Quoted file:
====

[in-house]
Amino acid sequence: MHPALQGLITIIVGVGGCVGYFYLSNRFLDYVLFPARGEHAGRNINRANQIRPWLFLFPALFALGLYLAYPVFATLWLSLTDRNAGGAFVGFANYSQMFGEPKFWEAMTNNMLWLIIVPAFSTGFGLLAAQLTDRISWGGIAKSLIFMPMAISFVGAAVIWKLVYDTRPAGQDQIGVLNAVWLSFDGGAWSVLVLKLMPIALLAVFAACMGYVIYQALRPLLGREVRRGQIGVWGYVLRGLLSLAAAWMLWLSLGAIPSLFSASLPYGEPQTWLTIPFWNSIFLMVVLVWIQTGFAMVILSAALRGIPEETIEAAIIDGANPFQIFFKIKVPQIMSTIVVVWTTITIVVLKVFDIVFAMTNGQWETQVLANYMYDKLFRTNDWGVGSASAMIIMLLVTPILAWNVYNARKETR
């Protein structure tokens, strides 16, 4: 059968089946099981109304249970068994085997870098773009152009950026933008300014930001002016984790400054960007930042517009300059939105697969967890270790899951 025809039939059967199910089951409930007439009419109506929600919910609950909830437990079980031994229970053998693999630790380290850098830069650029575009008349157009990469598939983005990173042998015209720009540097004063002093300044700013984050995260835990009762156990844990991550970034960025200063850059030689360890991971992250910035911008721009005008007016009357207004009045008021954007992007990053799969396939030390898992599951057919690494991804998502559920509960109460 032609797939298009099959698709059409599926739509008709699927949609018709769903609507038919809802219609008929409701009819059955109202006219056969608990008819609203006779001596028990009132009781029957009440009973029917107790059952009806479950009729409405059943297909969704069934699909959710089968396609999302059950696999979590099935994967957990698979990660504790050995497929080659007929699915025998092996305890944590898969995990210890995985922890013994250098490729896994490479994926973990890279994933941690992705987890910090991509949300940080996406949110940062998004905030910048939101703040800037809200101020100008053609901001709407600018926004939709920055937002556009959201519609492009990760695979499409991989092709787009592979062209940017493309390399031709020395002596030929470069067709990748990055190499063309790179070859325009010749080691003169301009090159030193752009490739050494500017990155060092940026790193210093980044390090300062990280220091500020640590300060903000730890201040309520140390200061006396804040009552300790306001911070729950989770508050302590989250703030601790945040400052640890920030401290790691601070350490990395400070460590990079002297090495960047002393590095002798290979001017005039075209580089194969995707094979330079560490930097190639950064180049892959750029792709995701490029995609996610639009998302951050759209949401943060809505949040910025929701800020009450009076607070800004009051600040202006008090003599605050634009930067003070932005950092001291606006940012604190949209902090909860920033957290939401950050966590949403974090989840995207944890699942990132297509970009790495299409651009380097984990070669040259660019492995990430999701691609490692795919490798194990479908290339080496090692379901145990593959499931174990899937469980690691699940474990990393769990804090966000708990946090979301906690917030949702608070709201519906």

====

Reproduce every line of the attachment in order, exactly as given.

[in-house]
Amino acid sequence: MHPALQGLITIIVGVGGCVGYFYLSNRFLDYVLFPARGEHAGRNINRANQIRPWLFLFPALFALGLYLAYPVFATLWLSLTDRNAGGAFVGFANYSQMFGEPKFWEAMTNNMLWLIIVPAFSTGFGLLAAQLTDRISWGGIAKSLIFMPMAISFVGAAVIWKLVYDTRPAGQDQIGVLNAVWLSFDGGAWSVLVLKLMPIALLAVFAACMGYVIYQALRPLLGREVRRGQIGVWGYVLRGLLSLAAAWMLWLSLGAIPSLFSASLPYGEPQTWLTIPFWNSIFLMVVLVWIQTGFAMVILSAALRGIPEETIEAAIIDGANPFQIFFKIKVPQIMSTIVVVWTTITIVVLKVFDIVFAMTNGQWETQVLANYMYDKLFRTNDWGVGSASAMIIMLLVTPILAWNVYNARKETR
């Protein structure tokens, strides 16, 4: 059968089946099981109304249970068994085997870098773009152009950026933008300014930001002016984790400054960007930042517009300059939105697969967890270790899951 025809039939059967199910089951409930007439009419109506929600919910609950909830437990079980031994229970053998693999630790380290850098830069650029575009008349157009990469598939983005990173042998015209720009540097004063002093300044700013984050995260835990009762156990844990991550970034960025200063850059030689360890991971992250910035911008721009005008007016009357207004009045008021954007992007990053799969396939030390898992599951057919690494991804998502559920509960109460 032609797939298009099959698709059409599926739509008709699927949609018709769903609507038919809802219609008929409701009819059955109202006219056969608990008819609203006779001596028990009132009781029957009440009973029917107790059952009806479950009729409405059943297909969704069934699909959710089968396609999302059950696999979590099935994967957990698979990660504790050995497929080659007929699915025998092996305890944590898969995990210890995985922890013994250098490729896994490479994926973990890279994933941690992705987890910090991509949300940080996406949110940062998004905030910048939101703040800037809200101020100008053609901001709407600018926004939709920055937002556009959201519609492009990760695979499409991989092709787009592979062209940017493309390399031709020395002596030929470069067709990748990055190499063309790179070859325009010749080691003169301009090159030193752009490739050494500017990155060092940026790193210093980044390090300062990280220091500020640590300060903000730890201040309520140390200061006396804040009552300790306001911070729950989770508050302590989250703030601790945040400052640890920030401290790691601070350490990395400070460590990079002297090495960047002393590095002798290979001017005039075209580089194969995707094979330079560490930097190639950064180049892959750029792709995701490029995609996610639009998302951050759209949401943060809505949040910025929701800020009450009076607070800004009051600040202006008090003599605050634009930067003070932005950092001291606006940012604190949209902090909860920033957290939401950050966590949403974090989840995207944890699942990132297509970009790495299409651009380097984990070669040259660019492995990430999701691609490692795919490798194990479908290339080496090692379901145990593959499931174990899937469980690691699940474990990393769990804090966000708990946090979301906690917030949702608070709201519906």